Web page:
Opinion: Biden needs California fishermen’s help in our dispute over dangerous fish farms

I dreamed The sea urchin fisherman represents the San Diego Fisherman Action Group and lives in Lakeside. Schwartz She is an organizer with the Don’t Cage Our Oceans Coalition and lives in Los Angeles.

This spring, we join Californians across the state in calling on the federal government to protect local ocean ecosystems and the communities that depend on them.

When people think of California, they think of our coasts. Our vibrant surroundings support a robust seafood industry, as well as numerous hospitality, tourism and leisure businesses. But in recent years, our coastal businesses have faced a series of challenges; Pollution, climate change, and development along the coast have made it difficult for independent businesses to survive.

Now in 2023, another threat looms: The National Oceanic and Atmospheric Administration is looking at Southern California as a new site for industrial-scale finfish farms. This past spring, the National Oceanic and Atmospheric Administration identified 10 aquaculture opportunity areas off the coast of Southern California. These areas are ideal for marine fish farms, despite the fact that two of them are close to the Superfund site where 500,000 barrels of the banned pesticide DDT were dumped.

Although no areas of San Diego have been included in the original Aquaculture Opportunity Areas, the proposal for hydroponic farms in the Pacific Ocean off our coast is now being considered. Although smaller than other potential projects, the yellowtail fish farm will continue to release antibiotics, pesticides, and other chemicals into the common resource that is the Pacific Ocean.

The proposed development, which is planned jointly with the Hubbs-SeaWorld Research Institute, would create pens approximately 30 feet wide and 45 feet deep that could engage marine species such as endangered monk seals and humpback whales. As representatives of fishers and advocates for sustainable fishing practices, we know how harmful these facilities can be to our working fishers, the ocean ecosystem and the local economy.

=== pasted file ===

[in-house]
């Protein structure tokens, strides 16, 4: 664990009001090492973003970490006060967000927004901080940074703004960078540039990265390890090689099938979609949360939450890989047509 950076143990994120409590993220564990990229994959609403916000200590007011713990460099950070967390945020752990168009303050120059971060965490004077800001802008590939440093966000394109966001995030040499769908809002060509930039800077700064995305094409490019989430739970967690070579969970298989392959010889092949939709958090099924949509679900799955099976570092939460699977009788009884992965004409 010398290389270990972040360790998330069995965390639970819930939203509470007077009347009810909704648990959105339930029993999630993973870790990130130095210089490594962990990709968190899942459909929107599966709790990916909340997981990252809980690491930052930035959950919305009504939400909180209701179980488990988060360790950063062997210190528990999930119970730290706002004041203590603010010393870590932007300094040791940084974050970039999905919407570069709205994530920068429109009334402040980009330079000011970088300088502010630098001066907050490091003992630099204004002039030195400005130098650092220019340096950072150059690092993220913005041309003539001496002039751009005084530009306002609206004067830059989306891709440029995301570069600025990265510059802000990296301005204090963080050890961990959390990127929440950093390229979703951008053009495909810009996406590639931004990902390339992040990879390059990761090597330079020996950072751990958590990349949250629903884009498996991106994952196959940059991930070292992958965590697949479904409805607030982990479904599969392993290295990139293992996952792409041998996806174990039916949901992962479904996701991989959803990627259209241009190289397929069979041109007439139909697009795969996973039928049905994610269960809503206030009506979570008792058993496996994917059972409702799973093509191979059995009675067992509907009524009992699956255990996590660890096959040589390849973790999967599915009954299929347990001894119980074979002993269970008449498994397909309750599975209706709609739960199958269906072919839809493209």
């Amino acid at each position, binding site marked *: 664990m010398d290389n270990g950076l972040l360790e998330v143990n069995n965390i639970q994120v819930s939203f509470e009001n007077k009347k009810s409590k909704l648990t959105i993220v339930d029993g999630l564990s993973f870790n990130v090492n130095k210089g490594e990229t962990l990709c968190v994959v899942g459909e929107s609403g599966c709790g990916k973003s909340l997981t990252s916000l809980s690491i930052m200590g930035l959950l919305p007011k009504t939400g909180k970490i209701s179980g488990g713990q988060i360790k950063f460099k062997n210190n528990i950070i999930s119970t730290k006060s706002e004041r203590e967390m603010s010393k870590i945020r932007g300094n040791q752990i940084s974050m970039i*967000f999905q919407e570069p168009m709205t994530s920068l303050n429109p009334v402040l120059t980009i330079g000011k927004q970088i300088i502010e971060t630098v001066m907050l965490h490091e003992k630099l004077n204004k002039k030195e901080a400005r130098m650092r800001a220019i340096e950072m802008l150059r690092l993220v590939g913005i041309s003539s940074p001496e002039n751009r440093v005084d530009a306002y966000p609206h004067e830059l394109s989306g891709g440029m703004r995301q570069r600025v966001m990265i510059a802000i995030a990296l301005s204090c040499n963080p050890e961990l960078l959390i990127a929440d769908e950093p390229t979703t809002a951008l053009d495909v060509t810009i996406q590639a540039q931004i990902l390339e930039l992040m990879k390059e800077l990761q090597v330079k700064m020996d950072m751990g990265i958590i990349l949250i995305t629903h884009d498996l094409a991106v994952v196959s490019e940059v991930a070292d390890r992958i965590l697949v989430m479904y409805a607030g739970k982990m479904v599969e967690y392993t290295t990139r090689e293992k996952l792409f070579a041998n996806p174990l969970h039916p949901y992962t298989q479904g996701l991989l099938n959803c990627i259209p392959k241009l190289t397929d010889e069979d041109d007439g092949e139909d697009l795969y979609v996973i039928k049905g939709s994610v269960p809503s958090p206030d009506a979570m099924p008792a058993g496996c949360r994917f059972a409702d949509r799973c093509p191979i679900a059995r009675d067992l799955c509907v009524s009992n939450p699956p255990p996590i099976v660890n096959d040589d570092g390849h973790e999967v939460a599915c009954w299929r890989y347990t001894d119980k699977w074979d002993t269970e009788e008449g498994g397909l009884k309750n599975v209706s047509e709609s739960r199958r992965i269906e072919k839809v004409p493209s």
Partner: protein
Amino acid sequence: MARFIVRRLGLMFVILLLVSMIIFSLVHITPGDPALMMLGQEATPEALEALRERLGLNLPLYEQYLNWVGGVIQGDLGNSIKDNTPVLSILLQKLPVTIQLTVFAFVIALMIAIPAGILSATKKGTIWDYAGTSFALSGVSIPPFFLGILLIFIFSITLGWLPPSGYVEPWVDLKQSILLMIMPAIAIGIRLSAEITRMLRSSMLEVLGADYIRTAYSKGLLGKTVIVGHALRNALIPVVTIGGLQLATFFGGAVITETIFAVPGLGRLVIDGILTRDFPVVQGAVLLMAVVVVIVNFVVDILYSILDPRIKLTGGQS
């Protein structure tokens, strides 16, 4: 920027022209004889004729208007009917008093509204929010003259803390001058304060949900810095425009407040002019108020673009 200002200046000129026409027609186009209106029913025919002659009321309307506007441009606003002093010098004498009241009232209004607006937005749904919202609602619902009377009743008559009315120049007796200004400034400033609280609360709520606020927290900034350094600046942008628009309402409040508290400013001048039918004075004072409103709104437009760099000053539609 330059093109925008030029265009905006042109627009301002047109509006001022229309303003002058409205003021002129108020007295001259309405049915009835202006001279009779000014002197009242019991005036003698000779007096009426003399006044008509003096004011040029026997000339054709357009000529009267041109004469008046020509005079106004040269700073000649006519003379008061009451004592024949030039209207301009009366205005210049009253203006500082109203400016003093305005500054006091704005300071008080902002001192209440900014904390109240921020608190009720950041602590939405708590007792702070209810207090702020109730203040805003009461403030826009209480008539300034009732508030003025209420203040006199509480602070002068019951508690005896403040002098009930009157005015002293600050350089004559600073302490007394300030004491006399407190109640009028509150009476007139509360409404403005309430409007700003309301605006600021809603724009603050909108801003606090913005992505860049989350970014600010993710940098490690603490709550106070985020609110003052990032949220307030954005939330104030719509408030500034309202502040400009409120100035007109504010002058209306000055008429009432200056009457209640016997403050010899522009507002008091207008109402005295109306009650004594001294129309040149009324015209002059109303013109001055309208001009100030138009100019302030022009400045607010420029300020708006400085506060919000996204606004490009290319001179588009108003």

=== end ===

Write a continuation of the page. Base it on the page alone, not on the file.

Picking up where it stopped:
The proposal comes seven years after a similar project, Rose Canyon Fisheries, was delayed and eventually canceled due to disapproval from local fishermen. Although framed as more sustainable, developments like Pacific Ocean AquaFarms pollute our marine environment in exactly the same way.

Marine finfish farming is a type of industrial farm that uses these huge net pens to raise fish in cramped spaces, which can then quickly spread diseases and pests like sea lice.

These cages allow excess feed, untreated fish waste, antibiotics and other chemicals to flow into the surrounding oceans where they can damage our wild ecosystem by contributing to toxic algal blooms and other forms of pollution. Open-mesh pens are also vulnerable to damage, and when the pens break, massive spills of large farmed fish can outpace wild fish for food, habitat, or mates.

We’ve seen the devastation caused by factory farms on Earth, otherwise known as confined animal feeding operations. These operations raise thousands of animals in small areas with little or no exposure to the natural world and are associated with water pollution and public health risks. That same model is now being exported to the oceans — essentially, marine finfish farms are animal feeding operations confined to the sea, and some of the major players in the agricultural industry are behind it.

In 2022, more than 175 fishing groups, environmental organizations and companies delivered an open letter to the White House, urging President Joe Biden to rescind a 2020 executive order supporting industrial aquaculture. The executive order simplifies the process for companies to obtain permits to build new facilities, without establishing environmental protections or safeguards, such as proper oversight by Congress.

Despite vocal opposition from our diverse coalition, the Biden administration continues to uphold the Trump-era status quo in favor of mega-corporations over worker hunters. The companies that pay to build these facilities are intent on profiting from our shared natural resources while driving small companies like the one we represent out of the market with massive amounts of low-quality farmed fish.

We know that the benefits that our coastal fishing, recreation and hospitality businesses reap from our surroundings must be reinvested in our local communities to allow future generations to thrive. Californians can — and should — once again set a national model for environmental progress by engaging our leaders in the fight to protect our oceans. We deserve a bold agenda that supports coastal communities and affirms once and for all that our oceans are not for sale.